Port Beacon


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On July 31, workers on Port Canaveral's newest cruise facility, Cruise Terminal 1, celebrated a milestone in the project: "Dry In" is the point at which a building's roof is fully complete, allowing interior finishing work to begin.

Following an old construction tradition, lead contractor Ivey's Construction of Merritt Island hosted a Dry-In lunch for the workers to express appreciation to those whose hard work is contributing to the efficient speedy progress of the project, scheduled for completion this November. The celebration has special meaning for the many local workers for whom the project has provided jobs and the local businesses for whom it has provided revenue opportunities.

Approximately 220 construction personnel are employed on the site. In addition to Ivey's, the project uses 40 sub-contractors and 6 design companies. The Port's dedication to providing local opportunities resulted in a very high percentage of local participation: 85 percent of those involved are Brevard County residents and businesses.
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In June, the Port Canaveral Police Department sponsored the Cops and Kids Safety Expo, inviting multiple regional police, fire department and other safety-oriented public agencies to come and help educate and entertain local children.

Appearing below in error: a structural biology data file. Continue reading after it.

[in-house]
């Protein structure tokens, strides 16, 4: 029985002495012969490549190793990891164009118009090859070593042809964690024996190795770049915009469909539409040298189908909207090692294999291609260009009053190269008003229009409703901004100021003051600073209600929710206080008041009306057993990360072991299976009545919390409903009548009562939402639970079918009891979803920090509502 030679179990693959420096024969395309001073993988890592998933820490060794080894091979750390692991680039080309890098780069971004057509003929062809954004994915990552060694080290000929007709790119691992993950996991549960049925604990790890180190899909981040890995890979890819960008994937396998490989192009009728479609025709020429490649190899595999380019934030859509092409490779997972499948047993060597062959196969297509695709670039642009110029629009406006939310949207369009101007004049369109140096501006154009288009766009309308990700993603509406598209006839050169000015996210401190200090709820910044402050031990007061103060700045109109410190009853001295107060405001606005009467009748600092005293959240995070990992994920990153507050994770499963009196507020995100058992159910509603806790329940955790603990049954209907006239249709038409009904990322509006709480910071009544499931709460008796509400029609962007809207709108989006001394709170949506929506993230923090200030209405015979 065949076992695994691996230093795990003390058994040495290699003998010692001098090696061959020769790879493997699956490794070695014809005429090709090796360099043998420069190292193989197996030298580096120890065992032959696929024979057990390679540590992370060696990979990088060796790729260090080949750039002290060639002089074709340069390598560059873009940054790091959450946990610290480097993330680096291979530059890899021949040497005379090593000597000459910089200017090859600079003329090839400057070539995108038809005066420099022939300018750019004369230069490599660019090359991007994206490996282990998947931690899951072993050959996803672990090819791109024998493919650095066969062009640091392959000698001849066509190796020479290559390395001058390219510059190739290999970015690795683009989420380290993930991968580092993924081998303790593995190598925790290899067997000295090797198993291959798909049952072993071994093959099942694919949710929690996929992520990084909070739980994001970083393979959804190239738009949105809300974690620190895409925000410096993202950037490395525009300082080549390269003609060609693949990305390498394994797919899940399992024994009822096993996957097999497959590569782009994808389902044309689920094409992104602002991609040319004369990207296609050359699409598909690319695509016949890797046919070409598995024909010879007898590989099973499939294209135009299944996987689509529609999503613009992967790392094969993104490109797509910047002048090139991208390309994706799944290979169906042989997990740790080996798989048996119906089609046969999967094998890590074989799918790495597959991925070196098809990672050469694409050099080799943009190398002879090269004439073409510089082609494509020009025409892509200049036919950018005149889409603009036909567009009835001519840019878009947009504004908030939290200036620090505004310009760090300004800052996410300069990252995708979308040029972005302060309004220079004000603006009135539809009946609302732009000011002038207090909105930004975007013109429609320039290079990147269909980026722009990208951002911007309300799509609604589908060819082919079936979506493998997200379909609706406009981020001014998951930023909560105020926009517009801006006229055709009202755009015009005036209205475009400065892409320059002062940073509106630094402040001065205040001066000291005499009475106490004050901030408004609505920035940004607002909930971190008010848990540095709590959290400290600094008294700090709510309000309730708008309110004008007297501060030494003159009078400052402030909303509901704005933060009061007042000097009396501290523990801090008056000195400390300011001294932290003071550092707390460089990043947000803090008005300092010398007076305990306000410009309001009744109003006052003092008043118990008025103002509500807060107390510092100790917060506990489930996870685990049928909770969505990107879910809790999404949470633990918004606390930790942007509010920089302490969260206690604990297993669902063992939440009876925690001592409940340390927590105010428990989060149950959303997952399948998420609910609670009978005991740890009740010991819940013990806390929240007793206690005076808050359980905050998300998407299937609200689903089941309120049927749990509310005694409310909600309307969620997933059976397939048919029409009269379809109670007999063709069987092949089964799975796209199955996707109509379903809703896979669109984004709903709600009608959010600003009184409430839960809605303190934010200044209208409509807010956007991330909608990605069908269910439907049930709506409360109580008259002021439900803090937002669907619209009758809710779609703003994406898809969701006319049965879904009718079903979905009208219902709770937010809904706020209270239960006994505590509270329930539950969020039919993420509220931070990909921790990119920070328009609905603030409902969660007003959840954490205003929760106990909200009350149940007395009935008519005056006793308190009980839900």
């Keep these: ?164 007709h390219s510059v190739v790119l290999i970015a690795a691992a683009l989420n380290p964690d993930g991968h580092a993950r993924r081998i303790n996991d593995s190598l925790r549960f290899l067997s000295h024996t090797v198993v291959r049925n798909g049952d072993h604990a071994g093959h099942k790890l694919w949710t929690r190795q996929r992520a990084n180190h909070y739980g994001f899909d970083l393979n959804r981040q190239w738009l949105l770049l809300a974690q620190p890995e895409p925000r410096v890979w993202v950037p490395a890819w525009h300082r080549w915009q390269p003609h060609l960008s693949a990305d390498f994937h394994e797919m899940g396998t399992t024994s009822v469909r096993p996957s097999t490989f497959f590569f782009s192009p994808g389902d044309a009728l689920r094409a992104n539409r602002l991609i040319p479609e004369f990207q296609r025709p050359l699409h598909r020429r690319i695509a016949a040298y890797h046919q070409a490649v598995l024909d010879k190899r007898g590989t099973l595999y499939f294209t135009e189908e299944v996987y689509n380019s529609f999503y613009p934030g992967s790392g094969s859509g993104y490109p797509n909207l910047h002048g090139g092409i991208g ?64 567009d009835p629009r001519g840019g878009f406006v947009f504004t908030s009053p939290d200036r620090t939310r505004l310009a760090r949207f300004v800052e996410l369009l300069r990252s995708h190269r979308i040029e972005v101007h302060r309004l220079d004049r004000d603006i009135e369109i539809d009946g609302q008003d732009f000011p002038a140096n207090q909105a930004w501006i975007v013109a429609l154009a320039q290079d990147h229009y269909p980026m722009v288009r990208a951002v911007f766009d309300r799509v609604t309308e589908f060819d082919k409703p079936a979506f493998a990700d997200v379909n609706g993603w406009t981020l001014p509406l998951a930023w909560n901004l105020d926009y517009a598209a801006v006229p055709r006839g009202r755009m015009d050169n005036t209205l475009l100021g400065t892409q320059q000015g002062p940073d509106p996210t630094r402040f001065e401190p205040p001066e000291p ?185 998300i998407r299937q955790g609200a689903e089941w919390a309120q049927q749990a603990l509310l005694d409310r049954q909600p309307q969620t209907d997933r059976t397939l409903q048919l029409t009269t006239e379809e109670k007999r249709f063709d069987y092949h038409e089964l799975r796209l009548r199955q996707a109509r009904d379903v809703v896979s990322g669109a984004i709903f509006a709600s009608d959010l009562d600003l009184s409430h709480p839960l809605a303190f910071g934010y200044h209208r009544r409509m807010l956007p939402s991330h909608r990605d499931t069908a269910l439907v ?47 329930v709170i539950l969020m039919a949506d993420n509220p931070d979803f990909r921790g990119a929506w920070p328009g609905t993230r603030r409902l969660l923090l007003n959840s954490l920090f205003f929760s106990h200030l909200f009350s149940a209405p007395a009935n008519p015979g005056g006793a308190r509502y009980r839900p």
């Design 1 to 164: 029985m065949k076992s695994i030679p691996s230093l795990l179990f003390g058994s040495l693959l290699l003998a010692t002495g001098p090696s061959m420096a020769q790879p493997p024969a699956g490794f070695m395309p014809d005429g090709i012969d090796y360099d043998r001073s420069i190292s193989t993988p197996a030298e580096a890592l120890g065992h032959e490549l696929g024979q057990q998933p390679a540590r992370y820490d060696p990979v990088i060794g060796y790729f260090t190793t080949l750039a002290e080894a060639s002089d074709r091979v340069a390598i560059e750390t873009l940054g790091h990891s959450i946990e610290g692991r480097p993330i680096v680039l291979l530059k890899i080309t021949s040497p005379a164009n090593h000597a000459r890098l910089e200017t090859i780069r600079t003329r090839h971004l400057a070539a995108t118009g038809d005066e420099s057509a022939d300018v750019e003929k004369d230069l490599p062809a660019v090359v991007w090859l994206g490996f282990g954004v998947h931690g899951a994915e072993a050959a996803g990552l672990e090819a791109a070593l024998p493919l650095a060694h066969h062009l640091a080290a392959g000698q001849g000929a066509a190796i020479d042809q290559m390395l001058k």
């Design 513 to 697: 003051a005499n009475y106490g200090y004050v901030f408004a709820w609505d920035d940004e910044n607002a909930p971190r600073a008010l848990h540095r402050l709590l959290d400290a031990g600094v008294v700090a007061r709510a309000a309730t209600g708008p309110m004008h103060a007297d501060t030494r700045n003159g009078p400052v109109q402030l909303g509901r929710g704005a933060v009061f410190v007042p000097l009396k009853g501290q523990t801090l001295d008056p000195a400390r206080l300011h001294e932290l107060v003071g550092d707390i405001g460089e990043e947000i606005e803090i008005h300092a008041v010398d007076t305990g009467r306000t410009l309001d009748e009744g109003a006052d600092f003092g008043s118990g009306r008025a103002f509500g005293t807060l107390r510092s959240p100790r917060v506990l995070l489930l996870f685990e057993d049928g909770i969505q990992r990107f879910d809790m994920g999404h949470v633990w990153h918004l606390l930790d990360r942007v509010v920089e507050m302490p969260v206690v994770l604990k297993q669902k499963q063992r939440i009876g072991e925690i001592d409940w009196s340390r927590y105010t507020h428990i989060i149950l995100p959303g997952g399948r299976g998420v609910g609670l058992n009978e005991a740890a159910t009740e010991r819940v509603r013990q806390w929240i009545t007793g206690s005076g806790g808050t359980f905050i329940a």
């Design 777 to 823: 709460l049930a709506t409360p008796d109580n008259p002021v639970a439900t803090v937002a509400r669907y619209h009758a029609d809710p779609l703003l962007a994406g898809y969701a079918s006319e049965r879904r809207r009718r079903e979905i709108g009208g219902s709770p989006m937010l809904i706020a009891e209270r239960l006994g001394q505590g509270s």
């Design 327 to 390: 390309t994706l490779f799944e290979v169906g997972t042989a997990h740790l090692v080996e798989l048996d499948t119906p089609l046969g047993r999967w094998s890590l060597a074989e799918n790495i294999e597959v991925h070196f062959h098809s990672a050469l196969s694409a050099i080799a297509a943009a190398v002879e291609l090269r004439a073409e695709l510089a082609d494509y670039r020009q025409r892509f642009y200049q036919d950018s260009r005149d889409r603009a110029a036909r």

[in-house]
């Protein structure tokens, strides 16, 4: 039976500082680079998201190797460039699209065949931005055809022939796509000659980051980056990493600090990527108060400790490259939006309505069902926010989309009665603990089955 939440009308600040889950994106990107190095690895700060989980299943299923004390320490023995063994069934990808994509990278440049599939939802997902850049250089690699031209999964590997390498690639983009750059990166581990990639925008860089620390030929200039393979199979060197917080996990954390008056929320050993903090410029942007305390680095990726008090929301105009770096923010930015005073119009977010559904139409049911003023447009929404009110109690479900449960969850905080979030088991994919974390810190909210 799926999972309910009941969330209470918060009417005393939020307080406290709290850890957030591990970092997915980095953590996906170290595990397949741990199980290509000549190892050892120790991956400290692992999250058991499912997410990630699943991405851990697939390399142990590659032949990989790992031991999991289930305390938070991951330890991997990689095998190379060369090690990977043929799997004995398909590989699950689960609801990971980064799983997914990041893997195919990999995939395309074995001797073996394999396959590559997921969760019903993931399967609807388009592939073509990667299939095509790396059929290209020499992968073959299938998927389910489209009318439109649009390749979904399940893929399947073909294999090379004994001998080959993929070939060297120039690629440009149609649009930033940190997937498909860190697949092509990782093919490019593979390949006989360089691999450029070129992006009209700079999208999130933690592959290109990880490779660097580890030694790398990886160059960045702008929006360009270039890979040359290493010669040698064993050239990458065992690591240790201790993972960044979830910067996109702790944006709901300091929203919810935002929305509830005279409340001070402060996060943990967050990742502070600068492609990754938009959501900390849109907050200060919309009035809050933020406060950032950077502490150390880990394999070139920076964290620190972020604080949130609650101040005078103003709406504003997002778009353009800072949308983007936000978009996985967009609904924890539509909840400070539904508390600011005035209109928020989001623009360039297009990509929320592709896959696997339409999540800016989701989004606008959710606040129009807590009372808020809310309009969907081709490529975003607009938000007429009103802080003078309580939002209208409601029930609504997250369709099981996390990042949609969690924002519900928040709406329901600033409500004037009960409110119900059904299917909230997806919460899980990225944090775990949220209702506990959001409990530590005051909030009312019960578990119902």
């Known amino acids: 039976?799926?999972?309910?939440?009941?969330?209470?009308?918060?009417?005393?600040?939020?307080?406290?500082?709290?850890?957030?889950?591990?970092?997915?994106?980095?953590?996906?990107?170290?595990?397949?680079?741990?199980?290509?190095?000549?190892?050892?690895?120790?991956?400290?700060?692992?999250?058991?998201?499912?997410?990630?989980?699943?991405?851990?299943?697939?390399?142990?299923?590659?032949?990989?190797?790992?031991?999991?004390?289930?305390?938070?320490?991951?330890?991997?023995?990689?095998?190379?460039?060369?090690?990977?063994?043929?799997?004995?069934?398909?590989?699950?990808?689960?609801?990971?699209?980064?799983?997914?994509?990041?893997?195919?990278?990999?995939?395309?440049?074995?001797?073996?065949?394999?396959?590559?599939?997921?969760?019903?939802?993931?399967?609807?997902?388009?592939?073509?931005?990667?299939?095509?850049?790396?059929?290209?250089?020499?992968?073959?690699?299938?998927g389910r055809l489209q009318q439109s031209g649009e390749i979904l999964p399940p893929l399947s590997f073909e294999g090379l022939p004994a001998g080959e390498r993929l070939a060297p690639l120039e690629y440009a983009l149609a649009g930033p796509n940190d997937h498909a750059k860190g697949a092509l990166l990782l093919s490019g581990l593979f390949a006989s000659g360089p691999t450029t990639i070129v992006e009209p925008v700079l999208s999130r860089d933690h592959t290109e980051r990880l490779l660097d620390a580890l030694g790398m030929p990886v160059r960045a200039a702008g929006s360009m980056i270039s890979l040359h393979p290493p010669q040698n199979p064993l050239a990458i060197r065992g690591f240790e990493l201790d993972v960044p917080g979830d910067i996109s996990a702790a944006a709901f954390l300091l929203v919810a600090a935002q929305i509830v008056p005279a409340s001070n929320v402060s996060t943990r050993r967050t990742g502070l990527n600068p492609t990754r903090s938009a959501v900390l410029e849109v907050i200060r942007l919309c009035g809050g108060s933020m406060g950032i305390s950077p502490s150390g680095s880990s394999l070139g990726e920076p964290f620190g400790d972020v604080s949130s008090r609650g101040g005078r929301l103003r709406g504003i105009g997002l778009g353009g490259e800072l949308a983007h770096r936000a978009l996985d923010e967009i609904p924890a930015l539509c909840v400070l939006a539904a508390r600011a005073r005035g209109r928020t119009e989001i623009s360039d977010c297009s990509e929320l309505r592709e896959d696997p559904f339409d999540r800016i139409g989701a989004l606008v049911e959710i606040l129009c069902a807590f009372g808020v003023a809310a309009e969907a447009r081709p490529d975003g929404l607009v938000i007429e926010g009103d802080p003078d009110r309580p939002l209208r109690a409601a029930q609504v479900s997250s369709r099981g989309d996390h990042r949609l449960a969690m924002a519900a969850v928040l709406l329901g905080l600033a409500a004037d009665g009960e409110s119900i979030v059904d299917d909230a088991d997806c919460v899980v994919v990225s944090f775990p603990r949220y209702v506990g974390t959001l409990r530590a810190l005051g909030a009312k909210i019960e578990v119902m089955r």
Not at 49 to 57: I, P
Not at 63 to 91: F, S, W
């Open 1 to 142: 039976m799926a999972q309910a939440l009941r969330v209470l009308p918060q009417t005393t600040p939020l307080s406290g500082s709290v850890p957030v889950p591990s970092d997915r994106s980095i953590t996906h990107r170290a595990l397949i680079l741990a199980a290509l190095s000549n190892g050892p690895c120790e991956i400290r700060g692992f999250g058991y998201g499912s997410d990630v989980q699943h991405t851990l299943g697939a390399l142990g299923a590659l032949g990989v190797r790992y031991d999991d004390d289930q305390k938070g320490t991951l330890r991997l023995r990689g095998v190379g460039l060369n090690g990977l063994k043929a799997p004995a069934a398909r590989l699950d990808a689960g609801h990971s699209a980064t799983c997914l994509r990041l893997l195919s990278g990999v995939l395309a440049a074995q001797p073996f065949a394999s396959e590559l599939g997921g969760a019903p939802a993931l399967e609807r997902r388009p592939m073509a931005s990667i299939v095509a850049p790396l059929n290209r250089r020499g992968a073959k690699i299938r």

The concept, which began as a bicycle rodeo and helmet give-away, expanded to include more than a dozen demonstrations, games and giveaways from K-9 demos, school bus safety exhibits, free child fingerprinting and a free child-seat checkup to close-up looks at police helicopters and boats, free gunlocks and a friendly tug-of-war between police and fire personnel. Bounce houses and obstacle courses provided extra play opportunities for the children.

More than 200 bicycle helmets were given away. In total, more than 300 children, mostly between the ages of four and ten, attended with their parents. The event drew families from throughout Brevard County and Orange County.
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In its on-going battle against invasive, toxic Brazilian pepper, the Port Authority enlists the help of multiple agencies and volunteers. In May, the Florida Fish and Wildlife Conservation Commission funded and awarded a contract for professional removal of 23 acres of Brazilian pepper trees along the Indian River shoreline of State Road 528. The Port Authority is working with other agencies to expand the removal area.

The next phase in restoration of this shoreline is the re-establishment of a native plant species, the red mangrove, which provides excellent wildlife habitat and stabilization of the sandy land. The Marine Resource Council of East Florida will organize volunteers to carry this out. Among those important to the volunteer effort will be local students, who collect mangrove seeds from the wild, set up mangrove nurseries in classrooms and help plant the new saplings.
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Reverse Trade Show
Cruise Terminal 6
Tuesday, August 19 
1:00 p.m. - 4:00 p.m.

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